The trusted source for
healthcare information and
SALT LAKE CITY – Use of an advanced clinical decision tool potentially could reduce mortality for the 1.1 million patients treated for pneumonia in the United States each year.
That’s according to a new study, published recently in Annals of Emergency Medicine.
Researchers from Intermountain Medical Center in Salt Lake City report that a tool they developed saved up to 12 lives in hospitals where it was used, compared to routine care standards. Currently, more than 50,000 Americans die each year from pneumonia.
According to the report, the advanced computer program combines a patient's personal medical information and risk factors in real time to alert emergency department physicians to the possibility of a pneumonia diagnosis.
Once pneumonia is confirmed by the physician, the tool automatically provides a calculated severity assessment as well as management recommendations, which include diagnostic testing and antibiotic selection, based on current North American pneumonia treatment guidelines.
"Because of the complexity of pneumonia, physicians can't easily make consistent decisions that follow current treatment recommendations," explained lead author Nathan Dean, MD, a pulmonologist and chief of critical care medicine at Intermountain Medical Center.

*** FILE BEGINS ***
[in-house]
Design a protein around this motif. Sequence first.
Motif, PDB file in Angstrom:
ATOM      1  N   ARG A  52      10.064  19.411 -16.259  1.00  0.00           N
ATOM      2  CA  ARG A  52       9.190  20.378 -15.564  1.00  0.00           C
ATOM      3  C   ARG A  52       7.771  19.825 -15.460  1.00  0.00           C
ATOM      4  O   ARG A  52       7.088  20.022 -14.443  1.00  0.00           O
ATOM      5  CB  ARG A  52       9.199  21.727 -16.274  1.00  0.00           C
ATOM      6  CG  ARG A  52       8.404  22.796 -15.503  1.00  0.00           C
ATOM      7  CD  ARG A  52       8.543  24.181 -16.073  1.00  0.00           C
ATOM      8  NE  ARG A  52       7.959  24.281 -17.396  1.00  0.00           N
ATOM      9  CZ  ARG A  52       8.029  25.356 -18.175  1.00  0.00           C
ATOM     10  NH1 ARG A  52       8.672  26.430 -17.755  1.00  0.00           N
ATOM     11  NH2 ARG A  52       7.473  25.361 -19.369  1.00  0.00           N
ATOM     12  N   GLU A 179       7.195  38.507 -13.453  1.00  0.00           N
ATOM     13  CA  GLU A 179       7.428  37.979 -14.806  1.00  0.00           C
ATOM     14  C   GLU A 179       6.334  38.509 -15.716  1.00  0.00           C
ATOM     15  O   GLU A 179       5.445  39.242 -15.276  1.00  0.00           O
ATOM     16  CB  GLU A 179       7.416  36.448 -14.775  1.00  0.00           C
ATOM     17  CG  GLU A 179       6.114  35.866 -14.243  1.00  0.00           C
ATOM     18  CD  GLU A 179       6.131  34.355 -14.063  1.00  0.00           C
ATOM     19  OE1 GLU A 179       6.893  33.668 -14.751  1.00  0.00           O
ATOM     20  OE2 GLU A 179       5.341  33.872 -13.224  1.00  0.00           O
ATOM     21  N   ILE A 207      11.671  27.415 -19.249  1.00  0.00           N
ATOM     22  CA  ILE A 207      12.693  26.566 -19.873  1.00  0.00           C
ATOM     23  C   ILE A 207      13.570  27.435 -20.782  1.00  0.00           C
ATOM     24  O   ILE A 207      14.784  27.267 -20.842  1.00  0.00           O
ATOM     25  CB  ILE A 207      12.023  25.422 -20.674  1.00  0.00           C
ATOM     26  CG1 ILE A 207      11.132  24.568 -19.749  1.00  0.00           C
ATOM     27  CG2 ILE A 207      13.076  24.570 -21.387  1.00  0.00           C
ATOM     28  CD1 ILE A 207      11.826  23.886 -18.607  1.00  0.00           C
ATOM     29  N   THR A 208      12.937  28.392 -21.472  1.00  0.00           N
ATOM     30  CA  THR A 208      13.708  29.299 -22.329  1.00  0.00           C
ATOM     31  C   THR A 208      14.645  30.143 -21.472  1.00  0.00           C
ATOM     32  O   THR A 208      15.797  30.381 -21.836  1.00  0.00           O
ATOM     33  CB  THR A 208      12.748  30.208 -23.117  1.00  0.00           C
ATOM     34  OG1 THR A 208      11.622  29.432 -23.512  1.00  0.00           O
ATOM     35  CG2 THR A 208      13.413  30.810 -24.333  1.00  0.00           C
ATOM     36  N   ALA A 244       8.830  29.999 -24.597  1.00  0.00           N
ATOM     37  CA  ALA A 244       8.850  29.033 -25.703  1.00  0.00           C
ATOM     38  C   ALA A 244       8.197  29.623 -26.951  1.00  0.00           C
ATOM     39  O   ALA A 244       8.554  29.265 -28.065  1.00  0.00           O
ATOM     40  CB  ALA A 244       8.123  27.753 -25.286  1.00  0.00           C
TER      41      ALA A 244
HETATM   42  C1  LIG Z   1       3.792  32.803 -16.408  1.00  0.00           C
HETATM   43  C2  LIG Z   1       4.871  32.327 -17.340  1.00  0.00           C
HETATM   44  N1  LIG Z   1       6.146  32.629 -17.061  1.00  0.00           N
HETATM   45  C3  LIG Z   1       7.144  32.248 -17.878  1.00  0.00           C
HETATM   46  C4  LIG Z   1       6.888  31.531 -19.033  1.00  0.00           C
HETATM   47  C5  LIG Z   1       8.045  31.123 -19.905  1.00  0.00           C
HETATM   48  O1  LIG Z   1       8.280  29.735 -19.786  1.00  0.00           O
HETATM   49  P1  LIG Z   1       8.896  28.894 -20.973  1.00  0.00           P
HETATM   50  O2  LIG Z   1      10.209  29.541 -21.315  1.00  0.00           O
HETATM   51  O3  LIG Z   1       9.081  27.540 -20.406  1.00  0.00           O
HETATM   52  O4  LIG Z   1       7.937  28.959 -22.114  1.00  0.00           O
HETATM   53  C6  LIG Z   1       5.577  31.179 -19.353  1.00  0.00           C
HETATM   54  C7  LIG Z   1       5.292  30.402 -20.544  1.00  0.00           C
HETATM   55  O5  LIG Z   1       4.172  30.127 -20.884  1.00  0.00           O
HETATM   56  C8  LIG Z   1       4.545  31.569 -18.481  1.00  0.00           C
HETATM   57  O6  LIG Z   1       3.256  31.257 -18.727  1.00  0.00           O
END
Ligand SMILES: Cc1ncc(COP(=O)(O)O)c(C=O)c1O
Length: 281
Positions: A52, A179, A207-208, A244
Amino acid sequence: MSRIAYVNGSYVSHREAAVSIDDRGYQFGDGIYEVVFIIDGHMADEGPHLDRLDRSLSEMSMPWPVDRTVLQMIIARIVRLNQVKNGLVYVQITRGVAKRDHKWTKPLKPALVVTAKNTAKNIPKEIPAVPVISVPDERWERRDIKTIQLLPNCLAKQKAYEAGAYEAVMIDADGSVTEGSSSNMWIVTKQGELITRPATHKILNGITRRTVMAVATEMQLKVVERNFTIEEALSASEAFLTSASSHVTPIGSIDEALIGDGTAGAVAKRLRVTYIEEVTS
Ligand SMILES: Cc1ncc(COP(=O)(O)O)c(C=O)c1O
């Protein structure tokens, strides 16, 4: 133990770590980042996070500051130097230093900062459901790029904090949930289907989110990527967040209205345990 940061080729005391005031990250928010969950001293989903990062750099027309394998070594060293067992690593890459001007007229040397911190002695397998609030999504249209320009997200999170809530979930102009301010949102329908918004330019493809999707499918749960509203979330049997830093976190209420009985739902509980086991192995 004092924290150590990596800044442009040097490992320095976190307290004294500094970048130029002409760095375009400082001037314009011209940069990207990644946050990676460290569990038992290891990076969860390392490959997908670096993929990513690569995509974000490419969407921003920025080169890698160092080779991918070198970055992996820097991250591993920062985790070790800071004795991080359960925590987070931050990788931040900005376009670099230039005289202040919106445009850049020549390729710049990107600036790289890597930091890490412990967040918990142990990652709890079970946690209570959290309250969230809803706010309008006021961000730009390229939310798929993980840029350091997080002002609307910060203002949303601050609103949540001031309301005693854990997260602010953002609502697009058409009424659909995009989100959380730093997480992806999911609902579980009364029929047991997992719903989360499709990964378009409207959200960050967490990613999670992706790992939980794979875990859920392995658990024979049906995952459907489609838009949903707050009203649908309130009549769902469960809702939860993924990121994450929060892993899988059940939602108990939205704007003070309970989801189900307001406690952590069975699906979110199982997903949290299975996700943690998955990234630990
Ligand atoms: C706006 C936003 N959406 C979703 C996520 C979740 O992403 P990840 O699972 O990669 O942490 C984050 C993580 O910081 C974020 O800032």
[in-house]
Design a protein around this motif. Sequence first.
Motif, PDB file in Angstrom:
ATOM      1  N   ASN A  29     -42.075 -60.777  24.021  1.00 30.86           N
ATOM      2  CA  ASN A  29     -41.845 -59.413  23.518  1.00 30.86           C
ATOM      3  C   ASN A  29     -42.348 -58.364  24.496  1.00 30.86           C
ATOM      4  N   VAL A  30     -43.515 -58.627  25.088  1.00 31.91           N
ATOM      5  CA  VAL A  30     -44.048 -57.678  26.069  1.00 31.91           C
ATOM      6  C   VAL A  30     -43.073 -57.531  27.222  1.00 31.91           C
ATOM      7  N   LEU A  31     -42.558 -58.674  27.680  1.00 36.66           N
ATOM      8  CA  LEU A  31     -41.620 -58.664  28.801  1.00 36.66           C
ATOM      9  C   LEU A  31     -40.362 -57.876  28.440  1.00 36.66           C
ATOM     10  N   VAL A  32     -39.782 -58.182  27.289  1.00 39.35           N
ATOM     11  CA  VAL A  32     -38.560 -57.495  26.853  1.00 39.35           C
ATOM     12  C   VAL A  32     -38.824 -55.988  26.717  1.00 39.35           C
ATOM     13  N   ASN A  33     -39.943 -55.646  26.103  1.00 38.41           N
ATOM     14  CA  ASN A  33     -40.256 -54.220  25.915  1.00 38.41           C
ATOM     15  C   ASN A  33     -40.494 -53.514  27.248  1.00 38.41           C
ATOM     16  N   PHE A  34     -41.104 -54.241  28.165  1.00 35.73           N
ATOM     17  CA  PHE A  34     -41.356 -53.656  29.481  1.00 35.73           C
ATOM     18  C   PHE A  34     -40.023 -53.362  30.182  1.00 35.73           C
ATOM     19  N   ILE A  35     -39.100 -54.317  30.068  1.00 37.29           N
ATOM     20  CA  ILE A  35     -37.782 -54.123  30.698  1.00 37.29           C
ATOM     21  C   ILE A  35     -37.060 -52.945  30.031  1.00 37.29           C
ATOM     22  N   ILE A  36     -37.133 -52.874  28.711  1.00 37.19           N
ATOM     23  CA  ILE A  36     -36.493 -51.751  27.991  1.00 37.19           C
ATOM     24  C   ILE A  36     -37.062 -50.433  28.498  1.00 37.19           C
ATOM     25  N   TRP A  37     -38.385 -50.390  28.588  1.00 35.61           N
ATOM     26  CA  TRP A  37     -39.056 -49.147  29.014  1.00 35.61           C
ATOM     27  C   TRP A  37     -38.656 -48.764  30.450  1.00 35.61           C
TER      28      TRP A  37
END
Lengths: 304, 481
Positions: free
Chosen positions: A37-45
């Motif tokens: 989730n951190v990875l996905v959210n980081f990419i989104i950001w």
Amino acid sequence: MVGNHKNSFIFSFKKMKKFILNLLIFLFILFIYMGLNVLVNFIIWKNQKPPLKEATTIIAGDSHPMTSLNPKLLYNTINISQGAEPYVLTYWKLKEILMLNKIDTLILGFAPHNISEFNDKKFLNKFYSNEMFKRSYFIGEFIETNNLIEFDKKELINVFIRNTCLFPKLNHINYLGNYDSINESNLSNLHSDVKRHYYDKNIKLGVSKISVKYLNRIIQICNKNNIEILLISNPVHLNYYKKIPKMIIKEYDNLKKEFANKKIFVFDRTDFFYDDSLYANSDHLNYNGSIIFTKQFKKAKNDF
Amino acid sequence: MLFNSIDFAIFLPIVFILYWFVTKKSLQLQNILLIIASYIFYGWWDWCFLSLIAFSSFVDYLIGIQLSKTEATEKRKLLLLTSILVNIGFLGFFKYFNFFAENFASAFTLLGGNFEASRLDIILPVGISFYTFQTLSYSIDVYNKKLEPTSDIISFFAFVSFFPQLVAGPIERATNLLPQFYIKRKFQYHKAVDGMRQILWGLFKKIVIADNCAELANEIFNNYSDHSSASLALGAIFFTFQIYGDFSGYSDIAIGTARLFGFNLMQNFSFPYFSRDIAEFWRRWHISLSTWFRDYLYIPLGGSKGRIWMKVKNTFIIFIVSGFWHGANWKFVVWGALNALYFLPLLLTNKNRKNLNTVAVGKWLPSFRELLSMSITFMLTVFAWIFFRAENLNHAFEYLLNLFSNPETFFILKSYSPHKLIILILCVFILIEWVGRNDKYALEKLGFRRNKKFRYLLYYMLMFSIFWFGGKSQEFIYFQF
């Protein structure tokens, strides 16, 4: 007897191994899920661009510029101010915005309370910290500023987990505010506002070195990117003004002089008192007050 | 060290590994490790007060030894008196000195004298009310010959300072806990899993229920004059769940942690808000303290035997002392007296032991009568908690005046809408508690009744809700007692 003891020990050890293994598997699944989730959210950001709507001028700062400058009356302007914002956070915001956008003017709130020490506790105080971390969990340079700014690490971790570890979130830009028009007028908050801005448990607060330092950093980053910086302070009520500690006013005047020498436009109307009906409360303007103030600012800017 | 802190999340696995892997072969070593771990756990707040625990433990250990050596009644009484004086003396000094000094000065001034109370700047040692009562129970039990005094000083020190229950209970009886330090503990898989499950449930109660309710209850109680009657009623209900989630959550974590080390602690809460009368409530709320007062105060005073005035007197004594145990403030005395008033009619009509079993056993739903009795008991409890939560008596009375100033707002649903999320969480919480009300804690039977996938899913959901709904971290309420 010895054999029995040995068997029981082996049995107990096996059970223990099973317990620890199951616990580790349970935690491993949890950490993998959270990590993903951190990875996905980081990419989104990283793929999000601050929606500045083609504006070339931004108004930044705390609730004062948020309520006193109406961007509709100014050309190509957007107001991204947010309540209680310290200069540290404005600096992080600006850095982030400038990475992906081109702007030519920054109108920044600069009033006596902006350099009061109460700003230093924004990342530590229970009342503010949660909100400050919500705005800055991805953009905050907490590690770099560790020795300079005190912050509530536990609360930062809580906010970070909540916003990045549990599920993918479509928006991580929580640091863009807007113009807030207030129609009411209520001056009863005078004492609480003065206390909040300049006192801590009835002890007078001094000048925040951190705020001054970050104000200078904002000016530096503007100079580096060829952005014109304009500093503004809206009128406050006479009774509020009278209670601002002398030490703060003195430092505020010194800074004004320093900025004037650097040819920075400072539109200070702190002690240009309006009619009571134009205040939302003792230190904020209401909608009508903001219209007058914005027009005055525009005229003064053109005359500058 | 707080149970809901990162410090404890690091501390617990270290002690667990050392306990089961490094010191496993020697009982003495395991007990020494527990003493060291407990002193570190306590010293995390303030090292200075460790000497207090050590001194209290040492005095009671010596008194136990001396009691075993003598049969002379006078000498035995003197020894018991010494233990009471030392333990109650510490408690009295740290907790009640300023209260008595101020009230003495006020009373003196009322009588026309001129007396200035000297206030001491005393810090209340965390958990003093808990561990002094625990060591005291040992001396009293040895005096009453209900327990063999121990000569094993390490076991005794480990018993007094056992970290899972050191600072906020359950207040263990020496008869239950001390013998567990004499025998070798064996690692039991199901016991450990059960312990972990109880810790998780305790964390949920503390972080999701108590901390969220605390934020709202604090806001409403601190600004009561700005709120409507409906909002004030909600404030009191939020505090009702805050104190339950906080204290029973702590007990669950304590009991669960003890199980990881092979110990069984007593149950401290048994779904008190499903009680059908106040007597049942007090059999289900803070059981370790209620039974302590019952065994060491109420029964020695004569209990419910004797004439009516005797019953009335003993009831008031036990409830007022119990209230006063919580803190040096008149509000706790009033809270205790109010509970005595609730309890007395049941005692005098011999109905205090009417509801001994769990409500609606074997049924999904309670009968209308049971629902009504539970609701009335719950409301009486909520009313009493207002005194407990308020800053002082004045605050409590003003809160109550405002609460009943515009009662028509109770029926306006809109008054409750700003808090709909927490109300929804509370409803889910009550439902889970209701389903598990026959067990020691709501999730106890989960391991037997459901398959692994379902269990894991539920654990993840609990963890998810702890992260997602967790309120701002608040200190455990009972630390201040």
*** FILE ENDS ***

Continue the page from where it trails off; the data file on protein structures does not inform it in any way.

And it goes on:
In the prospective, controlled trial in seven Intermountain Healthcare hospital EDs in urban areas in Utah, the researchers looked at patients diagnosed with pneumonia from December 2009 through November 2010, prior to introduction of the tool, and December 2011 through November 2012, after the tool was deployed.
The study compared 30-day, all-cause mortality adjusted for illness severity at the four intervention EDs, which began using the tool in May 2011, to three EDs providing usual care.
Of 4,758 ED pneumonia patients, 14% of whom had healthcare-associated pneumonia, median age was 58, 53% were female and 59% were admitted to the hospital.
With the tool used in 62.6% of intervention ED study patients, no difference was detected in severity-adjusted mortality between intervention and usual care EDs’ post–tool deployment. Post hoc analysis, however, indicated that patients with community-acquired pneumonia experienced significantly lower mortality, whereas mortality was unchanged among patients with healthcare–associated pneumonia. Tool recommendations were followed more by patients discharged from EDs post-deployment, according to the researchers.
"This tool doesn't take over for doctors, but it does assemble the needed information, calculates the patients' severity of illness and likelihood of infection with resistant bacteria, and presents recommendations to help doctors make better decisions,” Dean said. “It's all about giving local doctors tools to be more consistent, objective, and focused on best practices."